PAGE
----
Peace and Healing Vigil slated for Sunday at Millennium Park

Kyra Hoggan
By Kyra Hoggan
June 16th, 2016

A Peace and Healing Vigil is being held in Millennium Park this Sunday after a barrage of tragedies have left the small B.C. town reeling.

Seven untimely deaths in the space of less than three weeks have left many people struggling with sadness and despair, according to vigil co-host Jana Spender.

“It’s been one tragedy. Then another. Then another, and another … and I think what happened in Orlando (a mass shooting at a gay nightclub killing 49 people and injuring 53 others) is part of it, and the American election … ,” Spender said. “I saw a post from one lady who said she couldn’t see her way through it – she felt very overwhelmed.”

She said the outpouring of local pain and confusion on social media sparked some suggestions for a smudging ceremony or something – anything – to help people through what has been, for many, an incredibly trying and negative time.

That’s when she and fellow vigil co-host Deb McIntosh (city councillor, food bank manager and museum/Zuckerberg Island manager) decided to take action.
“We just said, ‘okay, then, let’s do it,” she said, “and that was that.

“It was crazy to see – within a day or two, 60 people had committed to going. There’s obviously a need in our community.”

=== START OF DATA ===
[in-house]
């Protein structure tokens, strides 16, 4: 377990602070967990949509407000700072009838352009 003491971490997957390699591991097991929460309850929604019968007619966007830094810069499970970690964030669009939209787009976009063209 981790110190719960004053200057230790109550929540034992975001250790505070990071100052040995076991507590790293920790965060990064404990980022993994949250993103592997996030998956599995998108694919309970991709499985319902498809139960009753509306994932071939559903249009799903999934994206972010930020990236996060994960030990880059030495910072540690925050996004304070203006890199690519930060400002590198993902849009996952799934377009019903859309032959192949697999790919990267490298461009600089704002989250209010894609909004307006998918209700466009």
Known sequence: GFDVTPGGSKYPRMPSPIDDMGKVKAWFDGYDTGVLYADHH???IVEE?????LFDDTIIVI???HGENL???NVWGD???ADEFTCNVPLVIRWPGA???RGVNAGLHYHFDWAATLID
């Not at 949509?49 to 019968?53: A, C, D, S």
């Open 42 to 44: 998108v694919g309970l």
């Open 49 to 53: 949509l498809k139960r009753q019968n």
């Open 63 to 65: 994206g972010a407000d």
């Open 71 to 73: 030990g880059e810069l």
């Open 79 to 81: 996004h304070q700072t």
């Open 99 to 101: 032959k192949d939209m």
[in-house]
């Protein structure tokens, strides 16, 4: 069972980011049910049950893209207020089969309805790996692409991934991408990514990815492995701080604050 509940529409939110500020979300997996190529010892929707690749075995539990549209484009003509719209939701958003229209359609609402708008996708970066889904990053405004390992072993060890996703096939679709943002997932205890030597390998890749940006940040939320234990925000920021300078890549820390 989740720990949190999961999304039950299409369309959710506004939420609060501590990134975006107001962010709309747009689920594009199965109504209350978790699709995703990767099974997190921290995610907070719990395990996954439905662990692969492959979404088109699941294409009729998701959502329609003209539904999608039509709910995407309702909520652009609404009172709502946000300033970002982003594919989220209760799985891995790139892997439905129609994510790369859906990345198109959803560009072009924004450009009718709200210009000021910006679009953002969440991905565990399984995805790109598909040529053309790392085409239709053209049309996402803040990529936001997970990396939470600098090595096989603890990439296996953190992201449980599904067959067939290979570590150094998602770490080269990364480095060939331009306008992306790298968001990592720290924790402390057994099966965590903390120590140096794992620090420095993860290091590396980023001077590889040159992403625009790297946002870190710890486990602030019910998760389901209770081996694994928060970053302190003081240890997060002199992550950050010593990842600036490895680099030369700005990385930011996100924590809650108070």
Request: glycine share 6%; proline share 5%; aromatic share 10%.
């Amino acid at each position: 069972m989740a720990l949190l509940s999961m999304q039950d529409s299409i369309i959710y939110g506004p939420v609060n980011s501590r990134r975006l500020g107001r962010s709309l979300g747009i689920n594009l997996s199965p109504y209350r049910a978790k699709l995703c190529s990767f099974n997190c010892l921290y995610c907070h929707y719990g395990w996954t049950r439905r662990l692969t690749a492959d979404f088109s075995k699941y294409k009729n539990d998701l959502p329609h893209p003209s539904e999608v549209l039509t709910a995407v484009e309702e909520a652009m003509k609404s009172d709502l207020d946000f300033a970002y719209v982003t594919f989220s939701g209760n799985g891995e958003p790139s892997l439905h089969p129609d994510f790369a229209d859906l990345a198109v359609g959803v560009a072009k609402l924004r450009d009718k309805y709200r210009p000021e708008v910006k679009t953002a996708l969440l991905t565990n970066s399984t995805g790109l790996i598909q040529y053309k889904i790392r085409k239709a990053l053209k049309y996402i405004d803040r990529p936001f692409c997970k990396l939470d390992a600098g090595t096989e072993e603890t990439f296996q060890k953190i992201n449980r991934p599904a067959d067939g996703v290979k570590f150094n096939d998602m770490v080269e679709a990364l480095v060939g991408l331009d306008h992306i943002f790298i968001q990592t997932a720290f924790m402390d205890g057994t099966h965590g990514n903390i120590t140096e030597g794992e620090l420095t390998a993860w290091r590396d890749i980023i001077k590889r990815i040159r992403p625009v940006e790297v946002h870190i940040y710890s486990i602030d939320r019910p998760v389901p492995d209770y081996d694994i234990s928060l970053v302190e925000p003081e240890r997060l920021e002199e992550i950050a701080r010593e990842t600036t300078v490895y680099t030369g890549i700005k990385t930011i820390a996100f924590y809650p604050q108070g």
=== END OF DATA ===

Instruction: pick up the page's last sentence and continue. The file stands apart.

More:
“You don’t have to be religious, you don’t have to be (personally impacted by these specific events) – everyone is welcome,” she said. “I think sometimes we need to be reminded that we do have support; that we’re not alone.”

McIntosh seconded that notion whole-heartedly.

“We need to make a change; to come together even for just an hour of peace and community – if your community doesn’t have your back, who does?” McIntosh said, adding that the Orlando shooting has hit many locals very hard. “Lots of people either are, or have loved ones who are, members of the LGBTQ community.

“There’s been so much loss and grief lately.”

The event will be at Millennium Park Sunday from 7 to 8 p.m.

Speakers will include Gerry Rempel (fire chief and Aboriginal Elder), spiritual leader Joan Alexander, Anglican pastor Elizabeth Heuther, United Church minister Greg Powell, Nicole Hergert (who runs the Spectrum program for LGBTQ community members out of the United Church).

Rempel will conduct a smudging ceremony and all will discuss pain, grief and healing from different perspectives and paradigms.

“We all grieve differently,” McIntosh said, adding it’s a very informal gathering. “We’re kind of flying by the seat of our pants – if you want to bring a chair, do. If you want to make up some signs, do. If you want to bring a candle, do. Whatever makes you comfortable.”

Ultimately, she said, it comes down to the quote on the Facebook event page they created for the vigil: “Where there is community, there is hope, where there is hope, there is love.”


This post was syndicated from https://castlegarsource.com
Categories: General

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